Contributor: Leonie Twentyman-Jones.
Photographs: Margaret Richards.
This has been a challenging summer for gardeners, as Esther has discussed in her excellent articles (see ‘Gardening in a Changing World’ and ‘Dealing with drought and heatwaves’). Not only have the excessive heat and very little rain impacted on plant survival, but local wildlife has been short of food and has therefore taken to visiting gardens more often to boost their food supply. Areas on the urban edge like Hunters Home, Rexford and Pezula as well as Eastford and Lake Brenton have been experiencing more garden visits from baboons, porcupines and buck. The only unusual wildlife garden incursion we experienced on Leisure Isle was a brief visit from an Angulate tortoise – not sure if it was searching for food or water (possibly both), but it didn’t appear to stay long. On the other hand our tortoise may still be safely ensconced in one of the ‘exclusion areas’ of our garden – of which there are several.
rowing plants that will not be eaten by four-legged wildlife instead of the usual caterpillars, bugs etc., has therefore become the latest challenge and has led to experimentation with different species. For example, after learning the hard way that buck and porcupine love all sorts of lilies and agapanthus, a gardener at Lake Brenton is now successfully growing bromeliads. Friends have given us three different species of bromeliad over the years. They have been growing quietly and undemandingly in fairly dense and dry shade, with the Matchstick bromeliad (Aechmea gamosepala) regularly producing flower spikes of thick pink bracts with iridescent blueish purple tips. The bracts retain their colour for ages as do those of the Silver vase plant (Aechmea fasciata).
Suddenly this summer the ‘Flaming torch’ (Billbergia pyramidalis) sprang into action and produced a host of dramatic red blooms with purple tips. The common name of this bromeliad is indeed an accurate description of its dramatic flowers. I then started noticing similar groups of these plants in other gardens throughout the Knysna area – all clearly responding well to the heat. Most bromeliads come from South America, with these three originating in Brazil – the home of the greatest number of bromeliad species. Interestingly the first bromeliad introduced to Europe was the pineapple – brought back from the West Indies by Christopher Columbus in 1493!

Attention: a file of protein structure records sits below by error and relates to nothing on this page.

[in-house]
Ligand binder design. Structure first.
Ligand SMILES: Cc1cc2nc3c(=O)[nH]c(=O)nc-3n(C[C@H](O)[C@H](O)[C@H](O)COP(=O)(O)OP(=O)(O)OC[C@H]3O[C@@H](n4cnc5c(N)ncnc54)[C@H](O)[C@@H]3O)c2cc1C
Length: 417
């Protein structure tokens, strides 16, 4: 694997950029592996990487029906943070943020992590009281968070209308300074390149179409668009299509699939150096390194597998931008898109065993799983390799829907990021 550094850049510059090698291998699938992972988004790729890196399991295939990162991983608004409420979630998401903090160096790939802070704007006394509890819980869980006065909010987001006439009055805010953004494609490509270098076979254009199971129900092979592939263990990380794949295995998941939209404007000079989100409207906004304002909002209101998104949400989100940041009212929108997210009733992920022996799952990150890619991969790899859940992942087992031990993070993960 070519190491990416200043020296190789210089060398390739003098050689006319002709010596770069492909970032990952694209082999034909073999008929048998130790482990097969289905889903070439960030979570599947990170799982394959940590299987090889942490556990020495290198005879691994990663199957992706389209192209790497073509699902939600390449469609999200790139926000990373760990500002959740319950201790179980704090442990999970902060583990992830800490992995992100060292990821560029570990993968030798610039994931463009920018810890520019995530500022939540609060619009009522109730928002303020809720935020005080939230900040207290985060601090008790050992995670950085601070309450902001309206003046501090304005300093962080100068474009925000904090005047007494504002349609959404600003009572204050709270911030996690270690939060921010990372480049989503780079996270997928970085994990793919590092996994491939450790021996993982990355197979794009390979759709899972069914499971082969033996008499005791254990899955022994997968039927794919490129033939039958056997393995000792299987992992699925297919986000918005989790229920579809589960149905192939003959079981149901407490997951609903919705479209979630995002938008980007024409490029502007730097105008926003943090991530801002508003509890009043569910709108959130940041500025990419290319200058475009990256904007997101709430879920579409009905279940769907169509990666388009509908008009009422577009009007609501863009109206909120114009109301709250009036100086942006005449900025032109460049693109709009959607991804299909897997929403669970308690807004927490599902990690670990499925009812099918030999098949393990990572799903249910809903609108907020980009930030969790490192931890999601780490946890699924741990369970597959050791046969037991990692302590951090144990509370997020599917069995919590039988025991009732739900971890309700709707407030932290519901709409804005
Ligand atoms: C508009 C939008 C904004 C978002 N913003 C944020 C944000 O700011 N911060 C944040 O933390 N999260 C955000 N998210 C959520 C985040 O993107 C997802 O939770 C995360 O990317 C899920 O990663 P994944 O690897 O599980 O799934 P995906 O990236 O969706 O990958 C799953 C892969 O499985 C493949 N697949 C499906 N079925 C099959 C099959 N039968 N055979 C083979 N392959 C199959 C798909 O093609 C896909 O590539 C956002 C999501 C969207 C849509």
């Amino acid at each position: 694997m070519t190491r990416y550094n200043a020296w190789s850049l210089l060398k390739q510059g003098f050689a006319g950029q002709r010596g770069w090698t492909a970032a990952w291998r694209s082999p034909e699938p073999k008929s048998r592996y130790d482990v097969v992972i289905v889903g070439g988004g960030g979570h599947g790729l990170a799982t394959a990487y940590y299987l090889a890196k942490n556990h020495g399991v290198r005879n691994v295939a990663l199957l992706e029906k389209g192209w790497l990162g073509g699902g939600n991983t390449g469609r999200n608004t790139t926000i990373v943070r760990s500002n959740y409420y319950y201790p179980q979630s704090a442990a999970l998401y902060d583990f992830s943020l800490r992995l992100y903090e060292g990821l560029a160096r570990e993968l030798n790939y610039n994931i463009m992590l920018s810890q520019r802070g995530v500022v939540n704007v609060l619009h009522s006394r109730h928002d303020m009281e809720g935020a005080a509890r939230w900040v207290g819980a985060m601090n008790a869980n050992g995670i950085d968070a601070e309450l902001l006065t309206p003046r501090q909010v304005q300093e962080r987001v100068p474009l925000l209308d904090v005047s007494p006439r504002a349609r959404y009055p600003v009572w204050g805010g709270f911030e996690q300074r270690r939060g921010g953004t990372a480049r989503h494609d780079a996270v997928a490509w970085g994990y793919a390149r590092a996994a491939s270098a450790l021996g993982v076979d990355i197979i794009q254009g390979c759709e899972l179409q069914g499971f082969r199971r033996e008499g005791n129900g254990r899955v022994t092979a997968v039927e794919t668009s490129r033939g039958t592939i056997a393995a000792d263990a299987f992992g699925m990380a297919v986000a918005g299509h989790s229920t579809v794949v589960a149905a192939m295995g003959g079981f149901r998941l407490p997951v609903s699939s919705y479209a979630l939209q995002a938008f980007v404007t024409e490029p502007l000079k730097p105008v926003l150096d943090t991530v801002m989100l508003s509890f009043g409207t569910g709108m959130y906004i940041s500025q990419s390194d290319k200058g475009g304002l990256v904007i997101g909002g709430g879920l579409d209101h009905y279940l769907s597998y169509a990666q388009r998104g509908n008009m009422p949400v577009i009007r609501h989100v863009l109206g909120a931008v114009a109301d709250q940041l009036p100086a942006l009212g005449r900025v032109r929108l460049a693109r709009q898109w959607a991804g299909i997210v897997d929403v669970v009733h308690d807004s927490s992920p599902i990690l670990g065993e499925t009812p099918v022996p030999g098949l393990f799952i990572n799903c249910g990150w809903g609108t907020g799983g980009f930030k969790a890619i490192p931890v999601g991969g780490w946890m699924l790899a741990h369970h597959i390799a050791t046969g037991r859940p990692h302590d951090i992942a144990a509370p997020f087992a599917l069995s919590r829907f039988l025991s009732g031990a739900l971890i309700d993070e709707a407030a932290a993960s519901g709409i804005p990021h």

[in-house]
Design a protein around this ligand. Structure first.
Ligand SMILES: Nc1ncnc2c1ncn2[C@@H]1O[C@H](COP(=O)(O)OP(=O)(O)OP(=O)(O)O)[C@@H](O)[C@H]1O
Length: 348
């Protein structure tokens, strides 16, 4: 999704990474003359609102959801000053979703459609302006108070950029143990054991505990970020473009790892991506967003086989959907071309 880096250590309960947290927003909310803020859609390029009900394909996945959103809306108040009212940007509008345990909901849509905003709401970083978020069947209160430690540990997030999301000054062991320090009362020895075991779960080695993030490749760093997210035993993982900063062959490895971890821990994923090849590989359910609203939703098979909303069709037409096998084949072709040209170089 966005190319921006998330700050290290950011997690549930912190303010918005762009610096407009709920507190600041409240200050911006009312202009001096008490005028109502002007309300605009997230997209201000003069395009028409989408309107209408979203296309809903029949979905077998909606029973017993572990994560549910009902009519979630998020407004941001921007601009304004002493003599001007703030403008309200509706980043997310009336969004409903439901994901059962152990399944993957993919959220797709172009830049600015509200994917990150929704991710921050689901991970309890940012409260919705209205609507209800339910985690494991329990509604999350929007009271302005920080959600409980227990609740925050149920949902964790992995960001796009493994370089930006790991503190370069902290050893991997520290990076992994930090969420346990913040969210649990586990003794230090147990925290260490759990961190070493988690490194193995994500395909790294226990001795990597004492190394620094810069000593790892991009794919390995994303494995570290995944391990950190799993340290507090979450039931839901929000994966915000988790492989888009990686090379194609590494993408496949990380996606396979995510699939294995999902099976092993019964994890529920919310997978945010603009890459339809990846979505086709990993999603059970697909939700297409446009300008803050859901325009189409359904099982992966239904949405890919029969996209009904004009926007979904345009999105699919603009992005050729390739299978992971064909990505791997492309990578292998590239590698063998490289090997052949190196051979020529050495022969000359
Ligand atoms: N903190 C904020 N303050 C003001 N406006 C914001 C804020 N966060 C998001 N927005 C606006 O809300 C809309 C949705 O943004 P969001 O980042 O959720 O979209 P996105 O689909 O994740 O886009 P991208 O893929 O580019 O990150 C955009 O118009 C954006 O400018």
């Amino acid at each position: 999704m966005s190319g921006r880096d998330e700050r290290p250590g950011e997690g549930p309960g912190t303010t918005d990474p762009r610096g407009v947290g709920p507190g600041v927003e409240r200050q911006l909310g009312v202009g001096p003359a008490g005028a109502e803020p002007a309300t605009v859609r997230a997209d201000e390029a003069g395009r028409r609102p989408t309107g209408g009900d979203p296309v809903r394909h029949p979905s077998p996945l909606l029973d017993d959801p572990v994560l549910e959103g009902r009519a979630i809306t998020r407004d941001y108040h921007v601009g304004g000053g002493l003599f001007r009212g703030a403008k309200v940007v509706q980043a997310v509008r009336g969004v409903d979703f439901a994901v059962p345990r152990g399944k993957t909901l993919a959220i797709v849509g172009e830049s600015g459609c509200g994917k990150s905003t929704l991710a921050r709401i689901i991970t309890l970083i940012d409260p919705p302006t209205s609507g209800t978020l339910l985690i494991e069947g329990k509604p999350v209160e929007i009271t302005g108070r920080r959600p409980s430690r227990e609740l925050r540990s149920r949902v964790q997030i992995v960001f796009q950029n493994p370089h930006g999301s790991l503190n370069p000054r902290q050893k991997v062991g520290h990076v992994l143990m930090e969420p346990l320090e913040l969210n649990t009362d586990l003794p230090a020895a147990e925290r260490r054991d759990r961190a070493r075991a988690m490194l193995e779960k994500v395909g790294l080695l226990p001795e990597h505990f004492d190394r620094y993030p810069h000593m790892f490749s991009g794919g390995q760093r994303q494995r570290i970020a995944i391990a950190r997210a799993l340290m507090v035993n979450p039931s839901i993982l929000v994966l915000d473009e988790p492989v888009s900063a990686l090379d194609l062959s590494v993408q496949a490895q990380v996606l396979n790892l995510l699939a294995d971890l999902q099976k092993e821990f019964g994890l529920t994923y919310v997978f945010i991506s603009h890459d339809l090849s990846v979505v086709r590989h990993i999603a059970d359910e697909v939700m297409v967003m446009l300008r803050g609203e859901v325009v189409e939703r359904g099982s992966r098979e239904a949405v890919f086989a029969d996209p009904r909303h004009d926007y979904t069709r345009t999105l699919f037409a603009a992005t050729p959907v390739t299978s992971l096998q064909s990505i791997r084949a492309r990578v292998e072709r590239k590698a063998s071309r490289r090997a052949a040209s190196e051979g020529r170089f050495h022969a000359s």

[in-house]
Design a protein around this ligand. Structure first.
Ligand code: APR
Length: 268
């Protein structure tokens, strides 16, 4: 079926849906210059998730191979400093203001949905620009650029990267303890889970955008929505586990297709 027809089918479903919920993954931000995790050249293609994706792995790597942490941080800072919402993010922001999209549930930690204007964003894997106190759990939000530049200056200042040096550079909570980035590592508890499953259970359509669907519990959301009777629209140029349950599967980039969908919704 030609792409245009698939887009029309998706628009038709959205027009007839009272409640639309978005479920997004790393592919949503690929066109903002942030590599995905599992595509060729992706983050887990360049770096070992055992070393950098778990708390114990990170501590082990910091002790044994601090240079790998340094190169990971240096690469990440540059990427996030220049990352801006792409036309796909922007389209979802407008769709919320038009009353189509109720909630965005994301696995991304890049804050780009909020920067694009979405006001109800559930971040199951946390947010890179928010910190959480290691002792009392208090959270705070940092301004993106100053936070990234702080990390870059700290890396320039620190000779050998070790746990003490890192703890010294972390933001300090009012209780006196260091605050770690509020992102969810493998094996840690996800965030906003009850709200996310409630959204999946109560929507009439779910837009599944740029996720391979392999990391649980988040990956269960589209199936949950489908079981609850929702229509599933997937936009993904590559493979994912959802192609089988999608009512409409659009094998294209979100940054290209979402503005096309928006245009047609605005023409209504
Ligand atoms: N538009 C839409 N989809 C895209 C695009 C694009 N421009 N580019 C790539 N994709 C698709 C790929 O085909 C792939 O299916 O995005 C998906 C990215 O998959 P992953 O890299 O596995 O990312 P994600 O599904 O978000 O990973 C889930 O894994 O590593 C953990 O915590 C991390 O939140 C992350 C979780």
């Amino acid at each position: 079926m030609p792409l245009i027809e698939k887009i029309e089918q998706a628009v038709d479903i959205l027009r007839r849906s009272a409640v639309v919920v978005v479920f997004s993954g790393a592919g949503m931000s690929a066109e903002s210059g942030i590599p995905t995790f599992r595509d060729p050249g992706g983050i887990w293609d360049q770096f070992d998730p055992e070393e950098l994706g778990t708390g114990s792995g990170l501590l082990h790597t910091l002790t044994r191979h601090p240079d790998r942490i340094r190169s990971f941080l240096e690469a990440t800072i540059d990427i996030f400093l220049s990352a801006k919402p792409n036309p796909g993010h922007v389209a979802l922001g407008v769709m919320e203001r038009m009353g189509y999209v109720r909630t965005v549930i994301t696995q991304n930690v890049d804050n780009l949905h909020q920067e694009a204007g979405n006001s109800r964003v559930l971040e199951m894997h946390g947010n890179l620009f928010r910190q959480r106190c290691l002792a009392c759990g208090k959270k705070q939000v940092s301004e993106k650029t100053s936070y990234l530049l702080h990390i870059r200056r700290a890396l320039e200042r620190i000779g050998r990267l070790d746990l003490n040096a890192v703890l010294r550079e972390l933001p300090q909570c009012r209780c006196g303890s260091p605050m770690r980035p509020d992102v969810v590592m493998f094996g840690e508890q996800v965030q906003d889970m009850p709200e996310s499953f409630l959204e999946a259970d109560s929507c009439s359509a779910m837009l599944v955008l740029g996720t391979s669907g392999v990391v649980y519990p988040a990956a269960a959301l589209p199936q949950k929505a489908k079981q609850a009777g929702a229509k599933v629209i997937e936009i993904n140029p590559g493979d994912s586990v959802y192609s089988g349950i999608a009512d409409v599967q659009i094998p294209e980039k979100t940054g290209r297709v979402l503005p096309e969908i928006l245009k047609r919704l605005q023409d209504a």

Bromeliads are generally easy to grow, require very little care and have brilliant, long lasting flowers and ornamental foliage. Many are perfect for areas where shallow soil and root competition makes growing plants difficult. This is because species that have leaves arranged in spiral – forming an ‘urn’ – collect water and other nutritious debris, thus making it possible for the plants to rely less on their roots for finding nourishment. After flowering, the mother plant produces new plants known as ‘pups’ from its base. Once the ‘pups’ are well grown they can be separated from the parent plant in spring or early summer.
We have recently added one of the Vriesea bromeliads to our garden and are waiting with interest to see how the flower spike develops. You are sure to find something among the many different species in the Bromeliaceae family that will brighten up a corner of your late summer garden with minimum effort on your part!